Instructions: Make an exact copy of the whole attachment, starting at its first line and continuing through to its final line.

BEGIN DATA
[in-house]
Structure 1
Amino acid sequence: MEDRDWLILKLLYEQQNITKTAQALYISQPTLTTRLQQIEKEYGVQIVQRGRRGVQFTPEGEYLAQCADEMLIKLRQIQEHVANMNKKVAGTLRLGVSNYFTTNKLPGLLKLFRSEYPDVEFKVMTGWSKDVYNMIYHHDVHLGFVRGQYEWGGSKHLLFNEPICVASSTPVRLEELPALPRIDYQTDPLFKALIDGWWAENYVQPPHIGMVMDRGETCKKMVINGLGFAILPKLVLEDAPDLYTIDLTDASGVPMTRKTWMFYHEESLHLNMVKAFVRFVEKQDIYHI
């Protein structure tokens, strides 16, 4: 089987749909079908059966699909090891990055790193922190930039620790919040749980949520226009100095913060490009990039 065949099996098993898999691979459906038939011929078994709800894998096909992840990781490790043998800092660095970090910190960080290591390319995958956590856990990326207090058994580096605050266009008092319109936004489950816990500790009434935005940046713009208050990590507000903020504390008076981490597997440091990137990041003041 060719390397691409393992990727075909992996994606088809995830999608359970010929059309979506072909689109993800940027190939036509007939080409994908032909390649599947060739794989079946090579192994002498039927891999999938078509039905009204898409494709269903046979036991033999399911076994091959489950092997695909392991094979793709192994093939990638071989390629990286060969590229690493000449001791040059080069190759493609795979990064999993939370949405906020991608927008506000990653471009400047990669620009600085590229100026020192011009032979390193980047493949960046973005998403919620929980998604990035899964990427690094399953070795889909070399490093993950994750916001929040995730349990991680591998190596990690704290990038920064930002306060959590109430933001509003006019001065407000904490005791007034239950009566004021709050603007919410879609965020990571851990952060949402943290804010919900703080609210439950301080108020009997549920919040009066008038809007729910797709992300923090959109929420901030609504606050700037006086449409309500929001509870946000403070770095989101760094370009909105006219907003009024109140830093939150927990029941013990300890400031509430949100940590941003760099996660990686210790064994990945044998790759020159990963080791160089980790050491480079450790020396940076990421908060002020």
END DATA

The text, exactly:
[in-house]
Structure 1
Amino acid sequence: MEDRDWLILKLLYEQQNITKTAQALYISQPTLTTRLQQIEKEYGVQIVQRGRRGVQFTPEGEYLAQCADEMLIKLRQIQEHVANMNKKVAGTLRLGVSNYFTTNKLPGLLKLFRSEYPDVEFKVMTGWSKDVYNMIYHHDVHLGFVRGQYEWGGSKHLLFNEPICVASSTPVRLEELPALPRIDYQTDPLFKALIDGWWAENYVQPPHIGMVMDRGETCKKMVINGLGFAILPKLVLEDAPDLYTIDLTDASGVPMTRKTWMFYHEESLHLNMVKAFVRFVEKQDIYHI
């Protein structure tokens, strides 16, 4: 089987749909079908059966699909090891990055790193922190930039620790919040749980949520226009100095913060490009990039 065949099996098993898999691979459906038939011929078994709800894998096909992840990781490790043998800092660095970090910190960080290591390319995958956590856990990326207090058994580096605050266009008092319109936004489950816990500790009434935005940046713009208050990590507000903020504390008076981490597997440091990137990041003041 060719390397691409393992990727075909992996994606088809995830999608359970010929059309979506072909689109993800940027190939036509007939080409994908032909390649599947060739794989079946090579192994002498039927891999999938078509039905009204898409494709269903046979036991033999399911076994091959489950092997695909392991094979793709192994093939990638071989390629990286060969590229690493000449001791040059080069190759493609795979990064999993939370949405906020991608927008506000990653471009400047990669620009600085590229100026020192011009032979390193980047493949960046973005998403919620929980998604990035899964990427690094399953070795889909070399490093993950994750916001929040995730349990991680591998190596990690704290990038920064930002306060959590109430933001509003006019001065407000904490005791007034239950009566004021709050603007919410879609965020990571851990952060949402943290804010919900703080609210439950301080108020009997549920919040009066008038809007729910797709992300923090959109929420901030609504606050700037006086449409309500929001509870946000403070770095989101760094370009909105006219907003009024109140830093939150927990029941013990300890400031509430949100940590941003760099996660990686210790064994990945044998790759020159990963080791160089980790050491480079450790020396940076990421908060002020």